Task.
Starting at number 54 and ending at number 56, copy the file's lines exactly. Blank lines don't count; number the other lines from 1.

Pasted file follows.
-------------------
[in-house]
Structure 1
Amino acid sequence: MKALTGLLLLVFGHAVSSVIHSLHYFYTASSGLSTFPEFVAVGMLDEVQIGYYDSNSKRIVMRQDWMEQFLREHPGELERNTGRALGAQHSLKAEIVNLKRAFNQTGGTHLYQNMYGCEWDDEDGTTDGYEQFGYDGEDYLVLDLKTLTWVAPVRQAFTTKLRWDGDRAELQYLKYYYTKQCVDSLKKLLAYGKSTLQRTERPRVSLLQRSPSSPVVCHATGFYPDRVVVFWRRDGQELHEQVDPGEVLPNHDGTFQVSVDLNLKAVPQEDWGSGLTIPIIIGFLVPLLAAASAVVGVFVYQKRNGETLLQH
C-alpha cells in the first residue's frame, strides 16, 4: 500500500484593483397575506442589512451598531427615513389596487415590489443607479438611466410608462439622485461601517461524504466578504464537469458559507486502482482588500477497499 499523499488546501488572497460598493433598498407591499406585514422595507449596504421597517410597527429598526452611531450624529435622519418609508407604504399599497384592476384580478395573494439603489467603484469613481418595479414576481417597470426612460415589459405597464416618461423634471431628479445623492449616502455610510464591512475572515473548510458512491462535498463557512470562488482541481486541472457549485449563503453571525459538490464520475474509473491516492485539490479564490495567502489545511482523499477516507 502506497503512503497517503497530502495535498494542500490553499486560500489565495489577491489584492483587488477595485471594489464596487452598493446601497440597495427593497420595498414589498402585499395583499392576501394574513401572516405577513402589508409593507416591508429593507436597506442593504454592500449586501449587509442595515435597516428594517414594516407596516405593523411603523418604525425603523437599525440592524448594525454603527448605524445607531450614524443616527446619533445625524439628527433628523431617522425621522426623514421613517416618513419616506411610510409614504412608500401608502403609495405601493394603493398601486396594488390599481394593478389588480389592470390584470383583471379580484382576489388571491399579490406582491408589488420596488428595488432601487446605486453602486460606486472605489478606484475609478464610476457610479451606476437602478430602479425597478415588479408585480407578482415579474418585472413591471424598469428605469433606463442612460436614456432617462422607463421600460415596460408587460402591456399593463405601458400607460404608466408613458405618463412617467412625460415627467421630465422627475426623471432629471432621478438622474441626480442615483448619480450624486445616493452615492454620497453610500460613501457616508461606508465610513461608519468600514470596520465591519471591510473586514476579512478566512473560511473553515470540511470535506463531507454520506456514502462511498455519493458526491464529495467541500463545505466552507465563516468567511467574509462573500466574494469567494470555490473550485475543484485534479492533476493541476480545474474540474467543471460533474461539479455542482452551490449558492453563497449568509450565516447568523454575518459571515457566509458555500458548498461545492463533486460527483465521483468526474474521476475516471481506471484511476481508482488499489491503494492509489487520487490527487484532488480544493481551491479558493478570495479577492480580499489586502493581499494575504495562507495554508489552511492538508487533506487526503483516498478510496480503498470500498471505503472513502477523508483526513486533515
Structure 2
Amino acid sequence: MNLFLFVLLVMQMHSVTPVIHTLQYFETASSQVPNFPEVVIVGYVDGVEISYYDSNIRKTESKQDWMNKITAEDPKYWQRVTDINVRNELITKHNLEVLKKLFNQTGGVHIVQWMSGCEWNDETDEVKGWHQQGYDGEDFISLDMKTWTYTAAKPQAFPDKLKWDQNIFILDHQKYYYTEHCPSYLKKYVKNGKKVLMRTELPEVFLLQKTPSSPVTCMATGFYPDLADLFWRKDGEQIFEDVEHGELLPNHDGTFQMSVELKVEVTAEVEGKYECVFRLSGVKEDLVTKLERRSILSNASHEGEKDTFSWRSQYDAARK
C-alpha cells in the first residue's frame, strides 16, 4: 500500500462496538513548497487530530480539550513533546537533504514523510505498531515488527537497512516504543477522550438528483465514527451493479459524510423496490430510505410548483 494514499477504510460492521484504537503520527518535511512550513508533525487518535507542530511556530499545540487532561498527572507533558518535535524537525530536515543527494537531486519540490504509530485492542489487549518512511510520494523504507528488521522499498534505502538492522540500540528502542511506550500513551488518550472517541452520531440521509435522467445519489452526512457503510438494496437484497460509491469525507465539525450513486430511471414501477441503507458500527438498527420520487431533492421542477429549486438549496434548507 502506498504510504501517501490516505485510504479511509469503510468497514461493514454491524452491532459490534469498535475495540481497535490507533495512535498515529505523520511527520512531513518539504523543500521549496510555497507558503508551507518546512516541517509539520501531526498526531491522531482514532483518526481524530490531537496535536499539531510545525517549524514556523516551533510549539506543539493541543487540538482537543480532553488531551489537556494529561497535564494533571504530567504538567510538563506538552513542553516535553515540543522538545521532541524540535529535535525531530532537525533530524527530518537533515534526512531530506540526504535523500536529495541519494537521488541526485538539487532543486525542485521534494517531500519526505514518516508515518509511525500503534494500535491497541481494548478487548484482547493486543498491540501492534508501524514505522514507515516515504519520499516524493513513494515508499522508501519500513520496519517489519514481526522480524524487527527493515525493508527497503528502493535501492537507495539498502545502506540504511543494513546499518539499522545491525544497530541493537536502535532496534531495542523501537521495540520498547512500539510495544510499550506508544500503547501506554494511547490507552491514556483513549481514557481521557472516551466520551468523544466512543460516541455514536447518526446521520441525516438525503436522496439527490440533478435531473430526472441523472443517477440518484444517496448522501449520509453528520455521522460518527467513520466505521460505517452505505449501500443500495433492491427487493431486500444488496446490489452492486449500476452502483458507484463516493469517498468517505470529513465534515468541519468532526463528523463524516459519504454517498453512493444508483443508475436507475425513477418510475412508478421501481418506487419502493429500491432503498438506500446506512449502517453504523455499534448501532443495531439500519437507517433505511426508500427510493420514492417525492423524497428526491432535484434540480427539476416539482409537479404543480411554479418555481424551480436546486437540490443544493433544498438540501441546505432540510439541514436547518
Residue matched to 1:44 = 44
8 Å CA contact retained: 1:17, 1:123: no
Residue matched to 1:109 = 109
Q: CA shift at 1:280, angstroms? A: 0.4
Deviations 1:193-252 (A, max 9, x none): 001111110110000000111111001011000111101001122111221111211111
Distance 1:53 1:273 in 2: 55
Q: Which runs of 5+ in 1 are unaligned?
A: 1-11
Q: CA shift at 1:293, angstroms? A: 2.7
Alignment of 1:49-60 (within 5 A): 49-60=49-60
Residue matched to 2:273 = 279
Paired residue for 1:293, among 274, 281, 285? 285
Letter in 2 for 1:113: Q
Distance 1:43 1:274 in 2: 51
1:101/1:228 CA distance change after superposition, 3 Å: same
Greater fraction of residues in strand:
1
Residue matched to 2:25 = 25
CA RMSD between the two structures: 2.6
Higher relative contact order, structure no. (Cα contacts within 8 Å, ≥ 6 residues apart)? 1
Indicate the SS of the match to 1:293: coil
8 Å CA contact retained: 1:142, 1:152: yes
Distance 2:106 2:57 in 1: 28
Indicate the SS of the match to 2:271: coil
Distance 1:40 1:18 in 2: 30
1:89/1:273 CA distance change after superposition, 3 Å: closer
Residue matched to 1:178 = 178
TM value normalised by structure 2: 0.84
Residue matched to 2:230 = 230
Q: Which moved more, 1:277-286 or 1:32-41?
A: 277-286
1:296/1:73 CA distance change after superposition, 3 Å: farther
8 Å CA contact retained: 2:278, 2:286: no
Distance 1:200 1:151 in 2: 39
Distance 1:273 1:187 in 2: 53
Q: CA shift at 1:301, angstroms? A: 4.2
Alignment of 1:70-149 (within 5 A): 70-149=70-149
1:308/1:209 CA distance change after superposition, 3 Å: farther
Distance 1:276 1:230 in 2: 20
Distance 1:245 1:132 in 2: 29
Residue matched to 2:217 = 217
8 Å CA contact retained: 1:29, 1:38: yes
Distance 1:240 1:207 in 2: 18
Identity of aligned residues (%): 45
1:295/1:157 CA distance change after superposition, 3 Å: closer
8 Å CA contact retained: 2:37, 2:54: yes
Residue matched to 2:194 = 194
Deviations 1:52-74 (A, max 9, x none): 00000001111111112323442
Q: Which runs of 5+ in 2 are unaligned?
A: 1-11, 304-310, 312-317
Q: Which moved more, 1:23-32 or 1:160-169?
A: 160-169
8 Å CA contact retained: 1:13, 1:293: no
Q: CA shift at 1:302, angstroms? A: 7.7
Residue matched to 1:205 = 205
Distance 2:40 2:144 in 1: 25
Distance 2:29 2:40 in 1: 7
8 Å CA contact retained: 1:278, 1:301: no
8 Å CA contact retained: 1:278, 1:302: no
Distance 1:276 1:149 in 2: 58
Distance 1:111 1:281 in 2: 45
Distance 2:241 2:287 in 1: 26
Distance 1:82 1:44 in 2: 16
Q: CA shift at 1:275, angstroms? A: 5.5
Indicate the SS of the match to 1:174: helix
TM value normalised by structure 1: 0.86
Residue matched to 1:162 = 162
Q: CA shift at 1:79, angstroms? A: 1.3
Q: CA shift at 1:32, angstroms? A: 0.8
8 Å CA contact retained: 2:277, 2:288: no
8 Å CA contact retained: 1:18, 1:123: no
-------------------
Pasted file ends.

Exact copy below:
Residue matched to 2:194 = 194
Deviations 1:52-74 (A, max 9, x none): 00000001111111112323442
Q: Which runs of 5+ in 2 are unaligned?